Sekula Chapter 2

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S.R. For me, as I saw your big exhibition at the Generali in Vienna. For me it was the first time that I had an encounter with your early works. And it was in kind of interesting relation to each other, that I found this work that was – I forgot the title- where you make some documentation of your parents in your home. That must be very early...

A.S. That piece I began working on in 1971 and finished in 1973. It's not the earliest project that I take seriously as a starting point but it was certainly the most sustained project I did. I mean I set myself a time-frame with that project working on something for 2 years. [...] And then the idea of turning a documentary eye on one's own familial background and circumstances was somewhat unusual at that time. I mean there were... As I found it a little bit later there were a few other examples of this kind of thing in photography ... somewhat autobiographical works – Daniel Seymore# (?)... – but these came from a kind of romantic, bohemian perspective rather than from a kind of cool sociological distance which was in some ways the fictional posture I adopted only to enter into a crazy polemic with my parents, you know, and their world. So in some ways there were deliberate references to the social documentary photography of the 1930s but also to a kind of small cameras of the 50s ... mind associate (?) with Robert Frank, but I very much thought of it as a kind anti-family of man, this family rather than a sentimentalized and generalized family, the family as a cauldron of ideological and socializing functions, you know, and conflicts.

S.R. In a contrast to that I saw at the same time these works you did as a student ...which had a very strong performative impulse. Like, I can remember this work where you're throwing pieces of meat, I don't know if it were steaks or something like that, on the street. And another performative thing: You came with some friends to a ... was it a Chinese or a Korean Imbiss ....I think it was a Chinese... // A.S. Yea, it's a kind of Pizza parlour ... there's a kind of joke about Maoism that runs through it.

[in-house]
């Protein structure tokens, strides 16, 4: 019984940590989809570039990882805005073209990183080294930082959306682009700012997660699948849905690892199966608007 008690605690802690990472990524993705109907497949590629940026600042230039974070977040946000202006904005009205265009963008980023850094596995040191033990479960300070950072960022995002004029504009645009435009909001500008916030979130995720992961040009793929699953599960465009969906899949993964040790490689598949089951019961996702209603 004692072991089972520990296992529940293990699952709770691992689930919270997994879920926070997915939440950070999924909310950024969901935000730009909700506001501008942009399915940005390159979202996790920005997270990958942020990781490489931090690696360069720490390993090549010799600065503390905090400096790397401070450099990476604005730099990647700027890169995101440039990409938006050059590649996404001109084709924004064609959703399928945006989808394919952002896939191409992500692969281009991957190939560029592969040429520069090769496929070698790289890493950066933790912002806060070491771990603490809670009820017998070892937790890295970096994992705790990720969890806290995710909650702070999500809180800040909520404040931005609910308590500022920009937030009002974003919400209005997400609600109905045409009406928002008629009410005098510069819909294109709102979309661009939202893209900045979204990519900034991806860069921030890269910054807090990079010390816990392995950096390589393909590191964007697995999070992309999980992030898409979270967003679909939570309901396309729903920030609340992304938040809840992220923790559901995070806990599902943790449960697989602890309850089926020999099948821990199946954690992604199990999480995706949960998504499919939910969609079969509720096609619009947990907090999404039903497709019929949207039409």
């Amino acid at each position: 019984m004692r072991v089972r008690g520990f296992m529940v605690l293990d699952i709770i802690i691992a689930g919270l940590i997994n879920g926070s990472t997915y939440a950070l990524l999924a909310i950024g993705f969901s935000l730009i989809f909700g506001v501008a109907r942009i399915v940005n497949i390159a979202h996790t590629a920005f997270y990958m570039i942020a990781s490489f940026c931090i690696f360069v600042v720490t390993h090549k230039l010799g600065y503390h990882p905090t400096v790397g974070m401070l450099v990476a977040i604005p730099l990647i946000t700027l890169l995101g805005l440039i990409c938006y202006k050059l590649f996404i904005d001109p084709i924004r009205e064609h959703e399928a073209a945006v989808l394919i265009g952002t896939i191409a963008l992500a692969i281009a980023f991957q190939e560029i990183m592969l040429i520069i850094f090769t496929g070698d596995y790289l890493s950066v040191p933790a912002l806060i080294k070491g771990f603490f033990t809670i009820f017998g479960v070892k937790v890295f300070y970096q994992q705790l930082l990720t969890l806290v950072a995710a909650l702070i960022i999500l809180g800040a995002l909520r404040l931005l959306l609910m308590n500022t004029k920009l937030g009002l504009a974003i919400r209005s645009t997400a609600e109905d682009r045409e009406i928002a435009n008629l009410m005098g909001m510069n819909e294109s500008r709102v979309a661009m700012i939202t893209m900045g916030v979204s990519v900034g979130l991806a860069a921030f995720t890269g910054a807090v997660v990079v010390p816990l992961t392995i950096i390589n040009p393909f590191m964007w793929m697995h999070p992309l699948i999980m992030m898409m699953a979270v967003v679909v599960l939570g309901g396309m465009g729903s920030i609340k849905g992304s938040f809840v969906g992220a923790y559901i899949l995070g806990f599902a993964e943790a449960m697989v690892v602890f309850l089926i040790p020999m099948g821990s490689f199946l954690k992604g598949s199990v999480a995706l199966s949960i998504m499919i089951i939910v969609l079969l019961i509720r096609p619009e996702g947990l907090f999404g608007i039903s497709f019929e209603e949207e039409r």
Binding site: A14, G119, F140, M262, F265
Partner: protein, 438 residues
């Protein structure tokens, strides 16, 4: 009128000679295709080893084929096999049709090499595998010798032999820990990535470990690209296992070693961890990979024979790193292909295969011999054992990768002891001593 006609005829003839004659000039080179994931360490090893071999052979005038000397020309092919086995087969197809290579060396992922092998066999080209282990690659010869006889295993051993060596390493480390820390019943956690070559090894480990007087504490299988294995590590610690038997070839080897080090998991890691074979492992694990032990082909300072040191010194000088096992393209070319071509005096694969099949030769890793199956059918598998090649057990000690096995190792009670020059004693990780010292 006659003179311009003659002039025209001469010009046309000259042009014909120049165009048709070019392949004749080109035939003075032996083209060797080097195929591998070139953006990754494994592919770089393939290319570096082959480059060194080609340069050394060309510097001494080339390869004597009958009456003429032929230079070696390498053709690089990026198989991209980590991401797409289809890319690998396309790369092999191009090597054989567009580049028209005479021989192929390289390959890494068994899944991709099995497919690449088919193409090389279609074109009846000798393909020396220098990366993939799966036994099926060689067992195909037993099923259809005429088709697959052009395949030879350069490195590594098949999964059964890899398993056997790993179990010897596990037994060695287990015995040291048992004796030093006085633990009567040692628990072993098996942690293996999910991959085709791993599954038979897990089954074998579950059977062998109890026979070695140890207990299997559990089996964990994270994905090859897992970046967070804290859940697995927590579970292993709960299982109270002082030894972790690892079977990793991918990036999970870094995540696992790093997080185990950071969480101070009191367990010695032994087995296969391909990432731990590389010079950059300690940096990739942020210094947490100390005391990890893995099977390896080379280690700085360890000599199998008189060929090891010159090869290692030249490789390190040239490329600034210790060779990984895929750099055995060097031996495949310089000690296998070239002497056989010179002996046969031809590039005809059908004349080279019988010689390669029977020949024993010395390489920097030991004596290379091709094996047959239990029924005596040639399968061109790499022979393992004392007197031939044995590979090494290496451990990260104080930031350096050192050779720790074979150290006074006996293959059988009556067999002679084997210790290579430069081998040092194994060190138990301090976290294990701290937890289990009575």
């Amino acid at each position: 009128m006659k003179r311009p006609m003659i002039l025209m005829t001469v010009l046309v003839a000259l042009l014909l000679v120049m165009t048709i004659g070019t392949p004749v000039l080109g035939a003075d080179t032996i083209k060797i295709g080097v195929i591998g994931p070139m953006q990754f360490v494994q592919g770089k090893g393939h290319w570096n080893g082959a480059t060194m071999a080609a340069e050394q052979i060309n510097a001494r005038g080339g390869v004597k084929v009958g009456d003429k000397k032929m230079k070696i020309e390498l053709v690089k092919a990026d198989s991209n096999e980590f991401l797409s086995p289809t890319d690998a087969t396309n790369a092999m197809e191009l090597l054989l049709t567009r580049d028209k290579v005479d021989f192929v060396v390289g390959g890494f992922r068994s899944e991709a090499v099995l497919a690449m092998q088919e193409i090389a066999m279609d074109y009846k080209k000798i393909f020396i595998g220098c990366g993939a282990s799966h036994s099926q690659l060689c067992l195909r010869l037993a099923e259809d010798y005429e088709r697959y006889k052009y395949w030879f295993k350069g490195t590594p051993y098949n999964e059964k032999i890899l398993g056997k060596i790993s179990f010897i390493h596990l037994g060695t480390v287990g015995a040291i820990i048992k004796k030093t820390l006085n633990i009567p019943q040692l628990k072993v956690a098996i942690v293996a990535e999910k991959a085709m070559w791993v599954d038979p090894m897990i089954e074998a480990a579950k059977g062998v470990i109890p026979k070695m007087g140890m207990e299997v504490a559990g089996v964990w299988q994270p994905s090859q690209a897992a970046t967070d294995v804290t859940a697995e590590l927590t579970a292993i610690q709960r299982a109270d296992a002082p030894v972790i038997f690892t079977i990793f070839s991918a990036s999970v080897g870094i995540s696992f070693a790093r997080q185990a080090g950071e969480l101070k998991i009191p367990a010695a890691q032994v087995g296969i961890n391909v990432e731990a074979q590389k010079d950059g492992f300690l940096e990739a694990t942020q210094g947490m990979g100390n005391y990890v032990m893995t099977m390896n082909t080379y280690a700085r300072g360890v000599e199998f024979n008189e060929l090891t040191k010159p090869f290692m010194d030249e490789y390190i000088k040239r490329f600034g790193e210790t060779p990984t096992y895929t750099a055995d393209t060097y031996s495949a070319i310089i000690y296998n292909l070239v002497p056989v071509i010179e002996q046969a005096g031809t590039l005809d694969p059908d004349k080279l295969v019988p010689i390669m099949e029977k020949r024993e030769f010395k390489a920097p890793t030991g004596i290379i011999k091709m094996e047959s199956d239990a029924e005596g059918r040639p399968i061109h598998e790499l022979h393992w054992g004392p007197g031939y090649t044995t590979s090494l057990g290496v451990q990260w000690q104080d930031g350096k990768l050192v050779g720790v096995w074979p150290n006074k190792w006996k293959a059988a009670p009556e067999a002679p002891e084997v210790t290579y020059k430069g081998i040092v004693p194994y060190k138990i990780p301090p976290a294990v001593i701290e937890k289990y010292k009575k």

S.R. What I found there was, I think ... This is a little bit the opposite of this approach I find in your more sociological work and your more self-reflecting work. How do you see it from the perspective now?

A.S. Well I think, It seems like the talk even then was fairly wide open; you could pick theatrical strategies. Not that I was able I was very interested in Brecht ...not that I was seeing a lot of performances, but I read the plays, theoretical writings ... And I was also reading Peter Weiss, ..., (Name ?) ... thinking about the living theatre you know, a whole range of theatrical projects that interested me ... I also found Genet interesting, sort of the reversal of power relations in a play like »the maids«. So I think that the idea that a photographic sequence could somehow come out of a theatricalized and overtly forsicle/versicle kind of simple theatre appealed to me ... very simple fictionalizations. What does it mean to fictionalize a work situation when you don't have the implements of work because they belong to the boss; you're forced to do pantomime because you don't own the tools. These kinds of simple problems that were part of [...] thinking about performance, coming out of specific social problematics. And so I think that existed alongside a documentary investigative impulse. [...] The link is that in a work like »Aerospace Folktales«# I'm looking at the family space as a kind of dramatic space, you know, that the lights are being adjusted, [...] my father is keeping the house neat while he's out of work, so he's becoming a kind of lighting technician of everyday space, as if they were a play going on. But in fact the only thing he's doing, the only play he's playing is that he is writing letters, trying to apply for another job... he's been doing this for 2 years. So for me this kind of had a durational aspect; that somehow you could record that in a sequence of still-photographs. The relation between everyday life and theatre seemed fairly... one of interpenetration, very much blurred boundaries. I think that's in some ways consistent with a certain spirit of performance ... or even happenings at the time. I didn't find myself that drawn to the (..) models of performance art as such. You know, I would read magazines like Avalanche and find them interesting, find the way that events were documented interesting ... the way artists' activities would be documented photographically...; that struck me as interesting to bring alongside, let's say reportage-photographs from Vietnam ... the similarity between the styles of these photographs.

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